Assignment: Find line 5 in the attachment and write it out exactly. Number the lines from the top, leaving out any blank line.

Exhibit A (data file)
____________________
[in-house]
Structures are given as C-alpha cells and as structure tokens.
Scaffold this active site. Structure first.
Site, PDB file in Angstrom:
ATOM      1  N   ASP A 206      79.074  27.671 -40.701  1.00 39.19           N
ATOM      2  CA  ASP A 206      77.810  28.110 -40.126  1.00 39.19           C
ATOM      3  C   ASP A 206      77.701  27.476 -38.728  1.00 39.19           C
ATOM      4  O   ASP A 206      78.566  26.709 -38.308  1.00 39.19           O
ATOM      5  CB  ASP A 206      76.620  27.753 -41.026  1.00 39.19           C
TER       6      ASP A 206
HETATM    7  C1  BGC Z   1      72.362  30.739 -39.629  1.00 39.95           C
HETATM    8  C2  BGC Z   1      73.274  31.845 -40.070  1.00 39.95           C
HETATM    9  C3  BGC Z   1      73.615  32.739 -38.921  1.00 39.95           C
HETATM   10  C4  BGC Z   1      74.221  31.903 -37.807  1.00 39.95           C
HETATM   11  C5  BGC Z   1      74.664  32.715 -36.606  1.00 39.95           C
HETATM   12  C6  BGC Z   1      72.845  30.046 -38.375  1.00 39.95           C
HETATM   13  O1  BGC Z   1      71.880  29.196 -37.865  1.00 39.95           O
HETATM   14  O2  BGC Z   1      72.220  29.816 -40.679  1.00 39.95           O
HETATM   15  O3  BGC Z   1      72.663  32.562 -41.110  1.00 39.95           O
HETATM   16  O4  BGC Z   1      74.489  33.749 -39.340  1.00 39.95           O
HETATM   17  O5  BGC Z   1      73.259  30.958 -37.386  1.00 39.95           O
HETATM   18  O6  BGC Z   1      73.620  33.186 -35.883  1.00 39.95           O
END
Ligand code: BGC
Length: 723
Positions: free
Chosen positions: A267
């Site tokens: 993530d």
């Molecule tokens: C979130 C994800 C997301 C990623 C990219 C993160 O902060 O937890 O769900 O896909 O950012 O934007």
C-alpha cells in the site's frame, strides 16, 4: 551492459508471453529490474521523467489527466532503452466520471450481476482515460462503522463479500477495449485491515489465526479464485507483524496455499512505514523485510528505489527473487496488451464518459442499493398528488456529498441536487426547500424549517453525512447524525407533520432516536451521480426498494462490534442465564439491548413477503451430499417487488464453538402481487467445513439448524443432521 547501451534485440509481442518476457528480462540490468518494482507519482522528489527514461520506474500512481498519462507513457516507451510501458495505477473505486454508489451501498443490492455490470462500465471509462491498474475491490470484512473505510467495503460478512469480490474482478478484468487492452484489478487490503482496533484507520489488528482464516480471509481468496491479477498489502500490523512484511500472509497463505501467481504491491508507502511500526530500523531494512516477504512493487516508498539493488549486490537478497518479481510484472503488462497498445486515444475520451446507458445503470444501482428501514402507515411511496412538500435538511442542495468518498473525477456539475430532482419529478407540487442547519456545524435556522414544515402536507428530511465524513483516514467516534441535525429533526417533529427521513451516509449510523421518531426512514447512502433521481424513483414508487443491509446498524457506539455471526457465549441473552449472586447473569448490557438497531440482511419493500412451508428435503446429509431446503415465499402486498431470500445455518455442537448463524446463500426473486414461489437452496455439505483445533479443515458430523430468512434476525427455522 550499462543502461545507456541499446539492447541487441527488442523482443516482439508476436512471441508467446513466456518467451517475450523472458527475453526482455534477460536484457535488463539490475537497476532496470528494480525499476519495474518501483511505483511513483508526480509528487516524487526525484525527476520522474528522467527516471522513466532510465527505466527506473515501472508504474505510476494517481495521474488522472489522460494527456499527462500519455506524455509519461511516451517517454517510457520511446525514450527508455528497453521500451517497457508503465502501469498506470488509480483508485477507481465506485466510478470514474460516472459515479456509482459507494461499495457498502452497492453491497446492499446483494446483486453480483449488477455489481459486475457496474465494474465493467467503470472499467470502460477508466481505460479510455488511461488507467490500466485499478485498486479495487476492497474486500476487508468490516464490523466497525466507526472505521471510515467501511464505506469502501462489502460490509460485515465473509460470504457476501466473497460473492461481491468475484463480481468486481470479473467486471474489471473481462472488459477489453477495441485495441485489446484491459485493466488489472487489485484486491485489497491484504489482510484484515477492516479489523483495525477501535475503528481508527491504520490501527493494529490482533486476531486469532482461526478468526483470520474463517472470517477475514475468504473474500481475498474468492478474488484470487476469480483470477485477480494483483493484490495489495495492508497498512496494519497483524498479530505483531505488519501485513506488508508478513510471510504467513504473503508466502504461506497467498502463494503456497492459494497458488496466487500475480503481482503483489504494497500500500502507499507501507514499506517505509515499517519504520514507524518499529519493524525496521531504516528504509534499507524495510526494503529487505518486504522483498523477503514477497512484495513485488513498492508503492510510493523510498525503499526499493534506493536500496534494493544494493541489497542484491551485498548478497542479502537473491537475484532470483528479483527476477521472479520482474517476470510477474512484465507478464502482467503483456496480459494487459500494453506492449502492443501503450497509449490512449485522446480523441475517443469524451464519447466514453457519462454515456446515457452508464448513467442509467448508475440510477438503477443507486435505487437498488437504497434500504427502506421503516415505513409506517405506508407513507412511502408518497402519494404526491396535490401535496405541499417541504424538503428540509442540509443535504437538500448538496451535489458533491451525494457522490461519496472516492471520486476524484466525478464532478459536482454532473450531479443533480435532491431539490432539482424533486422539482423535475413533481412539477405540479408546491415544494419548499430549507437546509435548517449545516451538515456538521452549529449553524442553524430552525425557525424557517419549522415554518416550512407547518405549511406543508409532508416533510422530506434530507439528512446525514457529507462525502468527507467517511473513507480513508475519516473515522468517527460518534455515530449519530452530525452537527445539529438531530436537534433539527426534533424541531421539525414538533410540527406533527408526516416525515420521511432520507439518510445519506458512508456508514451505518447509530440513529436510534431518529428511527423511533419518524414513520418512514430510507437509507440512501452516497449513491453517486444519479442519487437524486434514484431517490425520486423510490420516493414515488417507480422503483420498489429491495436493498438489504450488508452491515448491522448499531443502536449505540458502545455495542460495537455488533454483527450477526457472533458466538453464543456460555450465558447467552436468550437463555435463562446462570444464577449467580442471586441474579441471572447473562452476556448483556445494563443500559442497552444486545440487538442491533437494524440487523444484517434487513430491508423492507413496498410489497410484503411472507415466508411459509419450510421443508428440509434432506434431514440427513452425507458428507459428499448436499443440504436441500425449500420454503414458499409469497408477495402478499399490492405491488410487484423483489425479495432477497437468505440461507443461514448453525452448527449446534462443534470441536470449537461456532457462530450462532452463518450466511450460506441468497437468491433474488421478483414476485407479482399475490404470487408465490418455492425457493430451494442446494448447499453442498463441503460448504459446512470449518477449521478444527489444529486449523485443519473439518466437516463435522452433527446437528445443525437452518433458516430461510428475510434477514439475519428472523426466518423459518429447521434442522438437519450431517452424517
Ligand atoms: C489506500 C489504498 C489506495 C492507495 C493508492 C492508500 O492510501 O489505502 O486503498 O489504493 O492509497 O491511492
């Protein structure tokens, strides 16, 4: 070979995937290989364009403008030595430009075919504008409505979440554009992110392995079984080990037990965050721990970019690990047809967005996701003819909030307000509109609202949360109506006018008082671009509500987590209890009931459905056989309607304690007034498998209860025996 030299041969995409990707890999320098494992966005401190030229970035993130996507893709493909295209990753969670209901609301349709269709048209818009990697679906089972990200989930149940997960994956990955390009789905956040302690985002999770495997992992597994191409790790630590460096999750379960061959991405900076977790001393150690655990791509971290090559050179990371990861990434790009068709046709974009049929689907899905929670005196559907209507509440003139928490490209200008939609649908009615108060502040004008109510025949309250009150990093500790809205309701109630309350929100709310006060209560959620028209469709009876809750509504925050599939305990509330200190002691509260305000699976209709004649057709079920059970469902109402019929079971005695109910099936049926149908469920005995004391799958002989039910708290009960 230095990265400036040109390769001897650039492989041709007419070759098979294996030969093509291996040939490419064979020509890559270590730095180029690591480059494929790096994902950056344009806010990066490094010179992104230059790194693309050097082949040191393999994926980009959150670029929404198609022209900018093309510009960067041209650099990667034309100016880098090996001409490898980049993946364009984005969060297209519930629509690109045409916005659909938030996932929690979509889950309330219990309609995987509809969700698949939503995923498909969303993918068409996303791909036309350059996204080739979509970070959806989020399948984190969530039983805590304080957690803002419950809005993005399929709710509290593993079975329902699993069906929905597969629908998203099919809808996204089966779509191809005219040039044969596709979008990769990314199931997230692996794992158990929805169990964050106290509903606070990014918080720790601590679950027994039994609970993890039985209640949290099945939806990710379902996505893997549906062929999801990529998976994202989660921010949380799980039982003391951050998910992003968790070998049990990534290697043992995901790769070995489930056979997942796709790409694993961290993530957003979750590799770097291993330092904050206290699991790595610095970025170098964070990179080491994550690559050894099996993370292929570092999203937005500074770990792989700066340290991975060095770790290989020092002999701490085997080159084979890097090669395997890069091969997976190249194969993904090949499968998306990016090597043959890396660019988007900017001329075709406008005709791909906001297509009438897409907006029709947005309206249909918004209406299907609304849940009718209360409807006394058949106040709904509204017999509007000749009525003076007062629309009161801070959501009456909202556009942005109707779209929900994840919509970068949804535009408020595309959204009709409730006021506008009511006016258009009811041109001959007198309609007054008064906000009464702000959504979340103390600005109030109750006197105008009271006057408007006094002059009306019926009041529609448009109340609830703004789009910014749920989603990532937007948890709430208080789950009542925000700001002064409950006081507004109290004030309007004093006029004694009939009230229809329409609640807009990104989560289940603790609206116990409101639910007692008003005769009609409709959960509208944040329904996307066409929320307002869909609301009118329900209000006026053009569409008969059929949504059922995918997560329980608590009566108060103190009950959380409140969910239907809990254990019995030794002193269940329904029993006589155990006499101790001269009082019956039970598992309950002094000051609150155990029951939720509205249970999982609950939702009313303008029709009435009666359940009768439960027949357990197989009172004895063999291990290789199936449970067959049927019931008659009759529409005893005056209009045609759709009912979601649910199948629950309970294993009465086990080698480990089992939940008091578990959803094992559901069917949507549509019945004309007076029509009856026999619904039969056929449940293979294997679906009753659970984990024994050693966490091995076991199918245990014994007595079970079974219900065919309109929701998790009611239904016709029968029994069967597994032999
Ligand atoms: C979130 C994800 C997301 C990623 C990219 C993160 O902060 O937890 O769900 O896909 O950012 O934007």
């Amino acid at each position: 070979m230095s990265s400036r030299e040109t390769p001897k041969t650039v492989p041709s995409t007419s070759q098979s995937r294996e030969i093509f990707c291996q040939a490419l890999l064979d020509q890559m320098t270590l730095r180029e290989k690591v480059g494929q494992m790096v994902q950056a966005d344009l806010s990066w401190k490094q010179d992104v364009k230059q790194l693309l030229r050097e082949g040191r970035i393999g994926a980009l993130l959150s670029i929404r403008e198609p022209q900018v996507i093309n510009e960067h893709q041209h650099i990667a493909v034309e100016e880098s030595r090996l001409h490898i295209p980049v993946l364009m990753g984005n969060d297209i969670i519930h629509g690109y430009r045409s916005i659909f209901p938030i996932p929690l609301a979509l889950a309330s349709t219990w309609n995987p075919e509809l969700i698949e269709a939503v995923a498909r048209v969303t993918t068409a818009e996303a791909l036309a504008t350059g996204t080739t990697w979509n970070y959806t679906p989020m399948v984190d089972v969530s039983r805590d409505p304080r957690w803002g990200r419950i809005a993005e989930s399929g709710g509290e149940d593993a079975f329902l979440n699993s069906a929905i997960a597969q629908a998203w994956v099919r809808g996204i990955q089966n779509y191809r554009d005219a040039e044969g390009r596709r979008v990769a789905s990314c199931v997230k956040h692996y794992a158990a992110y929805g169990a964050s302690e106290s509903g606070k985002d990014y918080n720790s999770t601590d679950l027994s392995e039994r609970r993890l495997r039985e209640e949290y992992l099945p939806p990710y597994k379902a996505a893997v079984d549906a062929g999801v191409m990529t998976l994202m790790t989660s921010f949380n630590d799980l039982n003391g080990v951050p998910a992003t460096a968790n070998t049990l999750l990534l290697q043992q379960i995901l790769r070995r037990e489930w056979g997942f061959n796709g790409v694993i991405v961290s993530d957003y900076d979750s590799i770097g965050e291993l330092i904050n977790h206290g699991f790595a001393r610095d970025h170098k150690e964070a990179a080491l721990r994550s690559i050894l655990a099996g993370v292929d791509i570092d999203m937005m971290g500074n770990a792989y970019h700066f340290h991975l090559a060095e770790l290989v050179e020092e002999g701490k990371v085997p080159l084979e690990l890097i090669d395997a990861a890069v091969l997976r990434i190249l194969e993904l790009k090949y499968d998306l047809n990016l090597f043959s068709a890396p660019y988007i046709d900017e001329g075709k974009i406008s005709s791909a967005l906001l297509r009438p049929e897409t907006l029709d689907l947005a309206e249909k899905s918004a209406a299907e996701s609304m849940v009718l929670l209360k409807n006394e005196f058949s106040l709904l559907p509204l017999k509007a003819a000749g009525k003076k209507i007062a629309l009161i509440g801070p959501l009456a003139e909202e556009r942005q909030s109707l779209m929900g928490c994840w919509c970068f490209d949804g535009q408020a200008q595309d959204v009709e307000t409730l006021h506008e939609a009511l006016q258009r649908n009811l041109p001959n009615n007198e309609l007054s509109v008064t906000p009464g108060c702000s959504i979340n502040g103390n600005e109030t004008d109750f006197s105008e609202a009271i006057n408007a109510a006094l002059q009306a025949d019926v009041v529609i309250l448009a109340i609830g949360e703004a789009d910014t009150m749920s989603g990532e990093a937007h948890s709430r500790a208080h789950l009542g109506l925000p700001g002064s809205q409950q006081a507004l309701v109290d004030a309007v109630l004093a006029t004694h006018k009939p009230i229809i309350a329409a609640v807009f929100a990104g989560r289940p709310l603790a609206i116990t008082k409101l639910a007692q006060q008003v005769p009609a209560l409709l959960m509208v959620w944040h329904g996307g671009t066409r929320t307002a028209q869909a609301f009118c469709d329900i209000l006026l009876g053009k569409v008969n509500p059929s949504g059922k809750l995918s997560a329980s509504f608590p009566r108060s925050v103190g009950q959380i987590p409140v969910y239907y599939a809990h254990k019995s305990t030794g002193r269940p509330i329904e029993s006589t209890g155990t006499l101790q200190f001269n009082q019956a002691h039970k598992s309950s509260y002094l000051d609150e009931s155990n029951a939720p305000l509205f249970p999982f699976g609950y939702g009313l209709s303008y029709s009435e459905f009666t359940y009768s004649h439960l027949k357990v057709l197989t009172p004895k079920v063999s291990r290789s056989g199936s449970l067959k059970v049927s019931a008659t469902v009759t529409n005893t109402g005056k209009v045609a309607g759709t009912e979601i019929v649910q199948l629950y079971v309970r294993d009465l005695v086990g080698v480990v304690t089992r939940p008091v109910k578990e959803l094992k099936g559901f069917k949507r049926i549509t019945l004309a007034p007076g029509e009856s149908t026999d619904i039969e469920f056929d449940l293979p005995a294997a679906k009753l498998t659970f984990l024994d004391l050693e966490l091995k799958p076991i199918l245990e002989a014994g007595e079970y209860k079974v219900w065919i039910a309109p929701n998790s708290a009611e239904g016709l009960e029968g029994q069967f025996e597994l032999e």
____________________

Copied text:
ATOM      1  N   ASP A 206      79.074  27.671 -40.701  1.00 39.19           N